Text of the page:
How a Biological Safety Cabinet Exhaust Canopy Works

The Baker Company's FlexAIR canopy exhaust connection saves energy and improves overall safety performance.

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Problem: Exhausting type A2 biological safety cabinets (BSCs) to a building exhaust system is safely accomplished by using what is commonly called a canopy exhaust connection (CEC) on the top of the cabinet. The openings on these connections are typically big enough to maintain correct airflow through the cabinet in the event of building exhaust system fluctuations. However, the openings remain fully open in the conventional canopies even when the exhaust system is functioning normally. This results in a continual draw of room air through the openings that mixes with the BSC exhaust and enters the building’s exhaust system. Exhausting more room air results in losing more conditioned air and running the building exhaust system at a higher flow level, which results in substantially higher energy costs.

 

Solution: The Baker Company’s FlexAIR® canopy exhaust connection saves energy and improves overall safety performance. Importantly, the new exhaust canopy meets NSF standards even when the building’s exhaust system fails and an alarm alerts the user to the system failure.

With environmental resources becoming more and more limited, reducing energy costs is a paramount concern of every laboratory. An analysis published by the U.S. Environmental Protection Agency concluded that laboratories consume five to 10 times more energy per square foot than typical office buildings.1 The addition of the new FlexAIR canopy can reduce energy consumption in laboratory environments and improve a biological safety cabinet’s operating characteristics.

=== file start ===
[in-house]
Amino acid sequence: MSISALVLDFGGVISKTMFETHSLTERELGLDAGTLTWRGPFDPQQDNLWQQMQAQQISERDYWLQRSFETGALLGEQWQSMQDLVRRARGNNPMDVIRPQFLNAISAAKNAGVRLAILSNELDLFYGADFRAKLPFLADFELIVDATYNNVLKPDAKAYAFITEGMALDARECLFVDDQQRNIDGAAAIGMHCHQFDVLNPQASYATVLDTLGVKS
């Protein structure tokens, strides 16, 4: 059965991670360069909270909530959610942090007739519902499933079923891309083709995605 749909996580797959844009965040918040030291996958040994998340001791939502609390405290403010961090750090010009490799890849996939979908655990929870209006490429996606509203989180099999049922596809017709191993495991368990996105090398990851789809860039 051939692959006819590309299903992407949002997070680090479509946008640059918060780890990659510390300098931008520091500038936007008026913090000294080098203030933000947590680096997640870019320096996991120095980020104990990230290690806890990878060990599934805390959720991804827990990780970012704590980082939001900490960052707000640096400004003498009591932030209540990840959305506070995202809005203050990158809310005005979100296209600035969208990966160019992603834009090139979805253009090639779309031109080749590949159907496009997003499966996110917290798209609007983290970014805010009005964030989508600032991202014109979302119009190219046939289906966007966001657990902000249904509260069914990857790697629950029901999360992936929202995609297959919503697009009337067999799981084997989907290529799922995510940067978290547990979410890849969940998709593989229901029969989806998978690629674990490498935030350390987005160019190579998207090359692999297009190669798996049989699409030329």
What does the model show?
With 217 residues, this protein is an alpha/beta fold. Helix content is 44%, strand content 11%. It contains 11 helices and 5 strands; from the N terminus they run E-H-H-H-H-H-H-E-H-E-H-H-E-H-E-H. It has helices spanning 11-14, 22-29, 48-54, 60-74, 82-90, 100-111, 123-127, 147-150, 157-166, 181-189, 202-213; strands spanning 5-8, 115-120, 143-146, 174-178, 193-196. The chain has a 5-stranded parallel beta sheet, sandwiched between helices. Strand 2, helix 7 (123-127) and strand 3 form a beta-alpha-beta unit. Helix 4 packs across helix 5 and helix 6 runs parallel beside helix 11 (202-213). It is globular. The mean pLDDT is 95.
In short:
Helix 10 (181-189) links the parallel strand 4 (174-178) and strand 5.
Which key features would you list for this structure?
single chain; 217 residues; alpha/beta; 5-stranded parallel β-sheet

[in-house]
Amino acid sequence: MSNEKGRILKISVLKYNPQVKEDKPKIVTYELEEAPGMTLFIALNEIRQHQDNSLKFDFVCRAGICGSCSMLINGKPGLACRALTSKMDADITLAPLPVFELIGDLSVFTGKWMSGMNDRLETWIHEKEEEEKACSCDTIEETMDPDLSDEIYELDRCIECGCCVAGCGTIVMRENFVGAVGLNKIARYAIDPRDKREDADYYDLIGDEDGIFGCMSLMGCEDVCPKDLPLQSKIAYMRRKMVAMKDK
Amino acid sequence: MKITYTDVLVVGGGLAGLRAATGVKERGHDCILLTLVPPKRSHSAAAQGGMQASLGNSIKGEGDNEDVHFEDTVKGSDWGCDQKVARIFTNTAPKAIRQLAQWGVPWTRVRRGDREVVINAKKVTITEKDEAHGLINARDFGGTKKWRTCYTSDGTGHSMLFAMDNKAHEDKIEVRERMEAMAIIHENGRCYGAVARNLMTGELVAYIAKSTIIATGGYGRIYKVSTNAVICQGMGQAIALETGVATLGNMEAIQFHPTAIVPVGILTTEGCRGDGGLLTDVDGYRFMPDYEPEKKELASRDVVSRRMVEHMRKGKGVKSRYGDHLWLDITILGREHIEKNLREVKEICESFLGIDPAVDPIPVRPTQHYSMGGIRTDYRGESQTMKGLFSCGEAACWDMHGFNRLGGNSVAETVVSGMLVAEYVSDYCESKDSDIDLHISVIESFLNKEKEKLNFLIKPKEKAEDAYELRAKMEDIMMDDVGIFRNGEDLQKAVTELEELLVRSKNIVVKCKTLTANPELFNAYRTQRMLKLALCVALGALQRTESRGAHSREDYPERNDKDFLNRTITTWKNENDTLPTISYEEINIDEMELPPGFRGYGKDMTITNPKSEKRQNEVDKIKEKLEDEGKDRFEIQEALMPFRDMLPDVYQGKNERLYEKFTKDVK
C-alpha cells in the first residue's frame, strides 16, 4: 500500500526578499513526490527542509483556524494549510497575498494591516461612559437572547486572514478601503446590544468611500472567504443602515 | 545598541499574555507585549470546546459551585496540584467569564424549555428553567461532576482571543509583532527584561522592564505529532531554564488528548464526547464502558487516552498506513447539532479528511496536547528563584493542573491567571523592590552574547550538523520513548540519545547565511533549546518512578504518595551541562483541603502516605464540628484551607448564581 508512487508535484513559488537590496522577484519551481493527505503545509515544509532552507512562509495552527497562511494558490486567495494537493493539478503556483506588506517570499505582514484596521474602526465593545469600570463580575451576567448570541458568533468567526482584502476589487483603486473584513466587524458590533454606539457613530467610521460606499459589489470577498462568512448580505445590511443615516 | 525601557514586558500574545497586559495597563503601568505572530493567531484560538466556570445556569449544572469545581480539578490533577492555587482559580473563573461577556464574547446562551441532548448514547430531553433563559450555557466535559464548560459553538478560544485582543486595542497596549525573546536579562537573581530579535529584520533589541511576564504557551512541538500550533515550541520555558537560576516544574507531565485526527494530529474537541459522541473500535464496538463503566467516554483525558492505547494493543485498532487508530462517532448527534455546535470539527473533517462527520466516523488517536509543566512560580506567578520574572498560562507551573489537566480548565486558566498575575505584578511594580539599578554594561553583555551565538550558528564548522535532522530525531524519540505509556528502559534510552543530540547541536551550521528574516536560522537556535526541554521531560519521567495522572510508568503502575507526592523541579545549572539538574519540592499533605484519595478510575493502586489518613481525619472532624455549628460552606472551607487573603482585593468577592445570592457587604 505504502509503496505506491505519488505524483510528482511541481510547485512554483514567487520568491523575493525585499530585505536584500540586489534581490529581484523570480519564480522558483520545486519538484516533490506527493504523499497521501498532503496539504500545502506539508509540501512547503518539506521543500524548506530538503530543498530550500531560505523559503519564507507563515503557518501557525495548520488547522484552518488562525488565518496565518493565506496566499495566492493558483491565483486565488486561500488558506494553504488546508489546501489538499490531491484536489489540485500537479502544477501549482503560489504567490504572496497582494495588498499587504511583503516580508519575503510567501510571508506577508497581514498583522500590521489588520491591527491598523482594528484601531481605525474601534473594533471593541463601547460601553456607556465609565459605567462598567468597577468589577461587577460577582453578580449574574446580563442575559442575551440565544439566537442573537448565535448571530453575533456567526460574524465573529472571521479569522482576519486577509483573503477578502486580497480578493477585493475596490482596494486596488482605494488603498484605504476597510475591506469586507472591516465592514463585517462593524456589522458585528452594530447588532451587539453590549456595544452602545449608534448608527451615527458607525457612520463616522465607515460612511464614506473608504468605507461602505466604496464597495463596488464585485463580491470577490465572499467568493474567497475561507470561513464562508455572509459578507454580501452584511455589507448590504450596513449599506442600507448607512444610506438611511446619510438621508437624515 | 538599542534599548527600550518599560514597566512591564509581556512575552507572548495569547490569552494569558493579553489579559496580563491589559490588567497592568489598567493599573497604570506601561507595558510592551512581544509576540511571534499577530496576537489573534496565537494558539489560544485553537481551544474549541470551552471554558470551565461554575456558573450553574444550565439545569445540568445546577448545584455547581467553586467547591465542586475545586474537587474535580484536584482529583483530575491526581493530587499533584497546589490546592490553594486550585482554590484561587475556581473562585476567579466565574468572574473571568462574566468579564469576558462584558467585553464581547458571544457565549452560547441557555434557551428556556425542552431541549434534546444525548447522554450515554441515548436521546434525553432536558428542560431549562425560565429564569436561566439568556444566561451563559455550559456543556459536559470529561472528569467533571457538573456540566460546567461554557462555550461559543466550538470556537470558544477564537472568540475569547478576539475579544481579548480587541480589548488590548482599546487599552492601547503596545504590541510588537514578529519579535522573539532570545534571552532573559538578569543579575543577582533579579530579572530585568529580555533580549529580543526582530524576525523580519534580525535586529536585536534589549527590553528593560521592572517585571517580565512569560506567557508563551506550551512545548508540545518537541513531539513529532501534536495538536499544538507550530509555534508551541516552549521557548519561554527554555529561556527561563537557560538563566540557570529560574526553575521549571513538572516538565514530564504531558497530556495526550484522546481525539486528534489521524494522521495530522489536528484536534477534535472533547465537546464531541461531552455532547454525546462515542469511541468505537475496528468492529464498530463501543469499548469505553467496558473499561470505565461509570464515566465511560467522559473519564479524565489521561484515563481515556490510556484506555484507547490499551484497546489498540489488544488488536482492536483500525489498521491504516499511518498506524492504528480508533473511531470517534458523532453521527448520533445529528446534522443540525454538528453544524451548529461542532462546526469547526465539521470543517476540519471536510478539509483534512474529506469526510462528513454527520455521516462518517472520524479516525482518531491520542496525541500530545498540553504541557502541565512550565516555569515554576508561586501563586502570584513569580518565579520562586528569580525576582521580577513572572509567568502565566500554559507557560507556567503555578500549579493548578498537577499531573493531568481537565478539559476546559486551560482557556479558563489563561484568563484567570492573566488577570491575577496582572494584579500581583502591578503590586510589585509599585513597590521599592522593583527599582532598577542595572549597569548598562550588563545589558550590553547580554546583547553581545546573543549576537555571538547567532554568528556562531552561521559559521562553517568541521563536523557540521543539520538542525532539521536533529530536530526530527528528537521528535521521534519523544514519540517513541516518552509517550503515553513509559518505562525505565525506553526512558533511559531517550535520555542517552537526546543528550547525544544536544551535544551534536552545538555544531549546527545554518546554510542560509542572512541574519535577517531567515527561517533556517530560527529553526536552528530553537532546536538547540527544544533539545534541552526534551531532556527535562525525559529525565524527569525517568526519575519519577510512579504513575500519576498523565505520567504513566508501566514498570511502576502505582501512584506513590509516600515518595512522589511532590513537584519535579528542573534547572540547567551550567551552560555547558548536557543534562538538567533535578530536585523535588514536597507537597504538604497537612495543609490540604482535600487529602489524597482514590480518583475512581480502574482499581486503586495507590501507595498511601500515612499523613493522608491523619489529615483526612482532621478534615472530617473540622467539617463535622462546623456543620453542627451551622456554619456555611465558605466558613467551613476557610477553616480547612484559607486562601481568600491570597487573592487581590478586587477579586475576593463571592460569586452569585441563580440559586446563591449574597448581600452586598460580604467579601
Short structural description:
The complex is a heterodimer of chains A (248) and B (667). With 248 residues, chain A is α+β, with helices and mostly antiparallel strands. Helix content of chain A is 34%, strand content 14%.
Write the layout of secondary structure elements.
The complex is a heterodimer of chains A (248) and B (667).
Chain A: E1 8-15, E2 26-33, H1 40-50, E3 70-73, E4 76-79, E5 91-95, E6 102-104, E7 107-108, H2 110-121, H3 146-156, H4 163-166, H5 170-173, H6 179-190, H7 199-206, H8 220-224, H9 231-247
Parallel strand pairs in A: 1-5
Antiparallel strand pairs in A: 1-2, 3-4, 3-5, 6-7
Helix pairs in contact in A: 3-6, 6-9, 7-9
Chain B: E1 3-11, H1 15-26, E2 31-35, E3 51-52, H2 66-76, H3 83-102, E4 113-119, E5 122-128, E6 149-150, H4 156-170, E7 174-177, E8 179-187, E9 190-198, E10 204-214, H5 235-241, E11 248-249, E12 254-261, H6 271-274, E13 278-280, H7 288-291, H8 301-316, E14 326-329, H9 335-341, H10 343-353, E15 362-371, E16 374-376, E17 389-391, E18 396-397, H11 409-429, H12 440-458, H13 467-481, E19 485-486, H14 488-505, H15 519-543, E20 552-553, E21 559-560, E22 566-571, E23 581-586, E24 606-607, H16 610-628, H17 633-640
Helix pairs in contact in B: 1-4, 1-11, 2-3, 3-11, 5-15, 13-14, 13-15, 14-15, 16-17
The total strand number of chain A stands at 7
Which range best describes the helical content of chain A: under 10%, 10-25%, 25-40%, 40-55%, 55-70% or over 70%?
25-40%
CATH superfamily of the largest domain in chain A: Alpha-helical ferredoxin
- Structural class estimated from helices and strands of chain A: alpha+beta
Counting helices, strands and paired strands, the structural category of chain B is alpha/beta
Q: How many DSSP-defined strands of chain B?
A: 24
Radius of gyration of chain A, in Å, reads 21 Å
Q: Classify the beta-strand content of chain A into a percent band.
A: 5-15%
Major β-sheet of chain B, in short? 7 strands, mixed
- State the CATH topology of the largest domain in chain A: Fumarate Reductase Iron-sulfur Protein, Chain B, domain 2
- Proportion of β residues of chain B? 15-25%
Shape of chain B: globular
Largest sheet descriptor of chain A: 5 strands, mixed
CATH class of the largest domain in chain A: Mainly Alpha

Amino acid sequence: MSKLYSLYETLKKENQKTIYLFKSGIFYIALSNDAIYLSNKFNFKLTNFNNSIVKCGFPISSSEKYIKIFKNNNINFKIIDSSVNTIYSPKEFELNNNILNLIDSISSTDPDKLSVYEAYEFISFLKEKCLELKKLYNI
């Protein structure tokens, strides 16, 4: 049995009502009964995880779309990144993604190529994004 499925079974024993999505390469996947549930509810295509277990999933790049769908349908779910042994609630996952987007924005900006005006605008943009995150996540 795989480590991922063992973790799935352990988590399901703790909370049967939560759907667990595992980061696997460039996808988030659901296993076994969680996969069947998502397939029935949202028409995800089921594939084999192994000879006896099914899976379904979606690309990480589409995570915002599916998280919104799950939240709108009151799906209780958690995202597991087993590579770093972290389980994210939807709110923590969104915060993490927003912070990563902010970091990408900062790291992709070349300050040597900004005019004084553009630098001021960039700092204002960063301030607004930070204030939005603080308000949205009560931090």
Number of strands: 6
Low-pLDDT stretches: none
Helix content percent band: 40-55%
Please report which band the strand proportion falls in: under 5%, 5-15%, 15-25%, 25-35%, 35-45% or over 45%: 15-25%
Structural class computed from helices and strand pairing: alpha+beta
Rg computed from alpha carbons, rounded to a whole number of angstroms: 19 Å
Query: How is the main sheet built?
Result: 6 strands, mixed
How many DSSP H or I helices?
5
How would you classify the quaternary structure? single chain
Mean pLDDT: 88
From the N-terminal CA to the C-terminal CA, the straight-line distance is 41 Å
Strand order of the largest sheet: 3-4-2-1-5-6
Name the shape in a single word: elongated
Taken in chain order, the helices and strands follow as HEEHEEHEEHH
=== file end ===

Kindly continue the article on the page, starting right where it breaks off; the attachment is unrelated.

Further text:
The Baker Company’s FlexAIR canopy exhaust connection (CEC) requires 15% less airflow than designs presently available. Even more significant, productivity levels remain high and safety for both the product and personnel will continue to exceed NSF standards even when the building’s exhaust system fails.

By incorporating FlexAIR into the design of a laboratory, it can replace the need for a general room exhaust as it allows air changes set for the space, even when the BSC is off.

The Baker Company’s new biological safety cabinet line, the SterilGARD e3, operates at a higher efficiency level while maintaining optimum performance. Adding a FlexAIR (CEC) to these cabinets further reduces energy consumption while still providing maximum containment through a total exhaust connection.

The new FlexAIR canopy is designed with a single opening covered by an air damper and designed to reduce the overall volume of air required during normal operation of the cabinet. FlexAIR also accommodates lower air changes during unoccupied times and night setback modes.

If the building exhaust system attempts to pull in more air than is supplied by the cabinet, two-sided intake dampers will open to allow room air in through the intake ports, thus enabling the cabinet to maintain A2 intake airflow conditions at its front access opening.

For more information, visit www.bakerco.com

References

  1. U.S. Environmental Protection Agency, U.S. Department of Energy Office of Energy Efficiency and Renewable Energy Federal Energy Management Program. Laboratories for the 21st Century: Energy Analysis. April 2003.
  2. The Baker Company, white paper: “Energy Efficient Biological Safety Cabinet Reduces Energy Costs while Ensuring Safety,” 2008.
Categories: How it Works

Published In

Career Building Magazine Issue Cover
Career Building

Published: October 1, 2010

Cover Story

Career Building

While technical ability is essential to becoming a successful laboratory manager, it is not sufficient. Many outstanding scientists or engineers have failed as lab managers. It takes more than just technical ability. What is this more that outstanding lab managers have?